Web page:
‘Polite Society’: Sci-fi and kung fu stew, sweetened by comedy

Nimra Bucha, left, and Priya Kansara in “Polite Society.”Photo by: Parisa Taghizadeh/Focus Features
Copyright: Handout

“Polite Society” is a comic book movie, but probably not the kind you think.

Yes, it’s colorful and action-packed, with silly on-screen titles and a plot that is over the top to the point of ludicrousness. It is also funny. (That last part, of course, is a matter of taste. The lowbrow humor is often slapsticky and crass.) But beyond a couple of martial arts moves that defy physics and the presence of a cartoonish villain – in the person of Nimra Bucha’s overbearing British Pakistani future mother-in-law from hell – it bears no similarity to anything ever released by Marvel or DC.

Its heroine, on the other hand, would surely love to work for one of those film companies. She is Ria Khan (Priya Kansara), a London teen from a family of Pakistani immigrants who dreams of becoming a Hollywood stuntwoman like her hero, Eunice Huthart, a real-life stunt performer whose poster hangs in Ria’s bedroom. Ria’s older sister, Lena (Ritu Arya), is an art-school dropout who, in the film’s first act, is introduced to Salim Shah (Akshay Khanna), a hyper-eligible doctor, by Salim’s mother Raheela, played by Bucha in a way that gives new meaning to the words “pushy” and “manipulative.”

There’s soon a fat emerald engagement ring sitting on Lena’s finger, much to the dismay of Ria, who believes that Lena has abandoned her own dreams for the ridiculous goal of marriage. In short order, Ria and two school chums (Seraphina Beh and Ella Bruccoleri) have set in motion various plots to sabotage the wedding, ranging from verbal persuasion to the planting of used condoms in Salim’s bedroom. (Have I mentioned that the humor is crass?)

Priya Kansara, left, and Ritu Arya in “Polite Society.” MUST CREDIT: Parisa Taghizadeh/Focus Features. Copyright: Handout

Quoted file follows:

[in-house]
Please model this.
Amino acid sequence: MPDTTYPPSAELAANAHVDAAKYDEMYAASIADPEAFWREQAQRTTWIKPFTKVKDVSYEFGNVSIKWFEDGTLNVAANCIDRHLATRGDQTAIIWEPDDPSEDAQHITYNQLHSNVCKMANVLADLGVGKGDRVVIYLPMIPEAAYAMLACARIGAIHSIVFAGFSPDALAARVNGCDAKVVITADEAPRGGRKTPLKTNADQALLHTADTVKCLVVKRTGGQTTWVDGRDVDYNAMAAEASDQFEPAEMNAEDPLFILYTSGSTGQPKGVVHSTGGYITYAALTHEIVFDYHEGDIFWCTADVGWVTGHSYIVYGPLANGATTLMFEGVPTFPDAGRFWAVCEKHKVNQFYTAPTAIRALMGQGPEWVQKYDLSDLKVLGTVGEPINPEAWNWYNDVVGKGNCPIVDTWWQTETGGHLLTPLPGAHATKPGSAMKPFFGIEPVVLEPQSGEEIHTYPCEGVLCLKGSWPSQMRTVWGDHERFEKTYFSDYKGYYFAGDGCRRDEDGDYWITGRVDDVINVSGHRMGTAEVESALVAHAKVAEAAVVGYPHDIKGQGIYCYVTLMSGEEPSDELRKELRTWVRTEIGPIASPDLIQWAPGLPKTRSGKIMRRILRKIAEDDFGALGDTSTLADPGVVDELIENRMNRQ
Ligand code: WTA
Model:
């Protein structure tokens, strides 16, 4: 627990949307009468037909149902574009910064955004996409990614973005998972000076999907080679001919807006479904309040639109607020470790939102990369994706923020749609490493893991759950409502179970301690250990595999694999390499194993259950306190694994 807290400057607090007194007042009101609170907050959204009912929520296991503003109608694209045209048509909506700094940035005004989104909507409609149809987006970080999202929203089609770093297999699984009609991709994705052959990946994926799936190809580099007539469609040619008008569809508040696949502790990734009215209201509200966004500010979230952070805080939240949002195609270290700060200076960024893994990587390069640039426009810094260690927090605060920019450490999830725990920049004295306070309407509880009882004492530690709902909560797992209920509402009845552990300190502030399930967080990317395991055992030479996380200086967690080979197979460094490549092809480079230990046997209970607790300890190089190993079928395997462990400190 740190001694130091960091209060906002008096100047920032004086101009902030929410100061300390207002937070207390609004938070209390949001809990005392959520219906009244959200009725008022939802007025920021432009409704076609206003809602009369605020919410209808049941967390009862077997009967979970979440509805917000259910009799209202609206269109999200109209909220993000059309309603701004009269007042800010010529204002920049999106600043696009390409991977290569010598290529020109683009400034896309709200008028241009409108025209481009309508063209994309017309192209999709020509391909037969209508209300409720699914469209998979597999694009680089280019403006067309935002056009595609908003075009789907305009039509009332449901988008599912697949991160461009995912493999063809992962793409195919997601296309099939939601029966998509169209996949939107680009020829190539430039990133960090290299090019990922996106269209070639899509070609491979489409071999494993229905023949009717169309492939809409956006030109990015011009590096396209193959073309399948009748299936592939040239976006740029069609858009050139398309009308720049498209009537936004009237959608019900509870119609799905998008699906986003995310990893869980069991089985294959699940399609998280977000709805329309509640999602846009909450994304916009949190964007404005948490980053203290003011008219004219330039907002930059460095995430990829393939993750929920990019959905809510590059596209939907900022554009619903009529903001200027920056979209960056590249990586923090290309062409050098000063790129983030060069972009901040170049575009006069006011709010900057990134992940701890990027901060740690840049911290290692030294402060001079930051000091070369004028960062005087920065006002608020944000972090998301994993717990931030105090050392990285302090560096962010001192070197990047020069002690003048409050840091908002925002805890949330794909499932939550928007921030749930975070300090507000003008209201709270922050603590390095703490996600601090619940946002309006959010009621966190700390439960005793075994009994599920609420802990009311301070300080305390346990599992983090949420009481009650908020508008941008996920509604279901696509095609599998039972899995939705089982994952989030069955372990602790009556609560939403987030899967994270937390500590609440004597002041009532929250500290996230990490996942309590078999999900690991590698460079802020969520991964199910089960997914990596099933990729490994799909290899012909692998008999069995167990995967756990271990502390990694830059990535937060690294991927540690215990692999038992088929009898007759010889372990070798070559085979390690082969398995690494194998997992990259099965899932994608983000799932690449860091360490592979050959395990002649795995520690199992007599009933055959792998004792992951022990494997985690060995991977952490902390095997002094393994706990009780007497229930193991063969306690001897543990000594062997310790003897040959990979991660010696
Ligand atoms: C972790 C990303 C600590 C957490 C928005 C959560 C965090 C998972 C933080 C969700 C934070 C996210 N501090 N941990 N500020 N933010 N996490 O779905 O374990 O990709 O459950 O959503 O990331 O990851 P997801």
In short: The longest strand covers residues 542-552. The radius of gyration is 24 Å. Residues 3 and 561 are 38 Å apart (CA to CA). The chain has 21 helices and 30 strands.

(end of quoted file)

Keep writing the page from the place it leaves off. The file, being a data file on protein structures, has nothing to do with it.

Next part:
Written and directed by Nida Manzoor, creator of “We Are Lady Parts,” “Polite Society” – the title is apparently ironic – doesn’t stop there. Ria eventually uncovers a nefarious plot that beggars even euphemistic description in a spoiler-free universe. Suffice it to say that the film culminates in a wedding ceremony featuring a chloroformed bride and a loopy martial arts battle between Ria and her cohorts and a phalanx of guests/accomplices in brightly hued salwar kameez. (Kudos to costume designer PC Williams.) There is also a Bollywood-style dance number featuring Ria “singing,” her voice obviously dubbed in by someone who, as is customary in such films, sounds nothing like the actress lip-syncing the words. If you’ve seen the Oscar-nominated “RRR,” you’ll get the joke.

Manzoor has created a world that feels at once very real – multicultural London, a blend of modernity and tradition – and very, very unreal. The story is a sci-fi and kung fu stew, with a mad-professor plotline that’s more than a little hard to swallow. Fortunately, the candy-colored sweetness of the sauce – a feminist story that is at heart about sibling love – makes all the hoo-hah go down a little easier.

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2.5 stars. PG-13. In area theaters. Contains strong language, violence, sexual material and some partial nudity. 104 minutes.

Rating guide: Four stars masterpiece, three stars very good, two stars okay, one star poor, no stars waste of time.



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